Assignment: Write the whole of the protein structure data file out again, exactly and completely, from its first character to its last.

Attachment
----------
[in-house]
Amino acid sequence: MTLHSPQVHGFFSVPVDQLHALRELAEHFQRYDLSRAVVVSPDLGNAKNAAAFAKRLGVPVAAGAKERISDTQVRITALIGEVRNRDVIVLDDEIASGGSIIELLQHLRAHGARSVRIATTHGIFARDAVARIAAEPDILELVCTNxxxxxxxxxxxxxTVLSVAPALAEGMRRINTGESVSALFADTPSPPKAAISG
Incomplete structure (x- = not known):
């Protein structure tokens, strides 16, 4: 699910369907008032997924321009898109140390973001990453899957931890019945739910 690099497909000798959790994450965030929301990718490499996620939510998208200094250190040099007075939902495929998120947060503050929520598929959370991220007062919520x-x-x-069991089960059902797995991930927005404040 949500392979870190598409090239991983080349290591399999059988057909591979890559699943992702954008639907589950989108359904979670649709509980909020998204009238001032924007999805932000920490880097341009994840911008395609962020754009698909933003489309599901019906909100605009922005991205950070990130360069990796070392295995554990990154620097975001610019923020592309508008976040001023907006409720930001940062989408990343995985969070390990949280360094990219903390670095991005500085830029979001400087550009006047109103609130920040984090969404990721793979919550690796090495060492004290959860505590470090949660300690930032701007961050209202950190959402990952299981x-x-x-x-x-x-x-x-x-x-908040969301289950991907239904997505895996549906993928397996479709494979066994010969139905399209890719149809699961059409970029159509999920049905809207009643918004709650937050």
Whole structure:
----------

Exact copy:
[in-house]
Amino acid sequence: MTLHSPQVHGFFSVPVDQLHALRELAEHFQRYDLSRAVVVSPDLGNAKNAAAFAKRLGVPVAAGAKERISDTQVRITALIGEVRNRDVIVLDDEIASGGSIIELLQHLRAHGARSVRIATTHGIFARDAVARIAAEPDILELVCTNxxxxxxxxxxxxxTVLSVAPALAEGMRRINTGESVSALFADTPSPPKAAISG
Incomplete structure (x- = not known):
């Protein structure tokens, strides 16, 4: 699910369907008032997924321009898109140390973001990453899957931890019945739910 690099497909000798959790994450965030929301990718490499996620939510998208200094250190040099007075939902495929998120947060503050929520598929959370991220007062919520x-x-x-069991089960059902797995991930927005404040 949500392979870190598409090239991983080349290591399999059988057909591979890559699943992702954008639907589950989108359904979670649709509980909020998204009238001032924007999805932000920490880097341009994840911008395609962020754009698909933003489309599901019906909100605009922005991205950070990130360069990796070392295995554990990154620097975001610019923020592309508008976040001023907006409720930001940062989408990343995985969070390990949280360094990219903390670095991005500085830029979001400087550009006047109103609130920040984090969404990721793979919550690796090495060492004290959860505590470090949660300690930032701007961050209202950190959402990952299981x-x-x-x-x-x-x-x-x-x-908040969301289950991907239904997505895996549906993928397996479709494979066994010969139905399209890719149809699961059409970029159509999920049905809207009643918004709650937050």
Whole structure: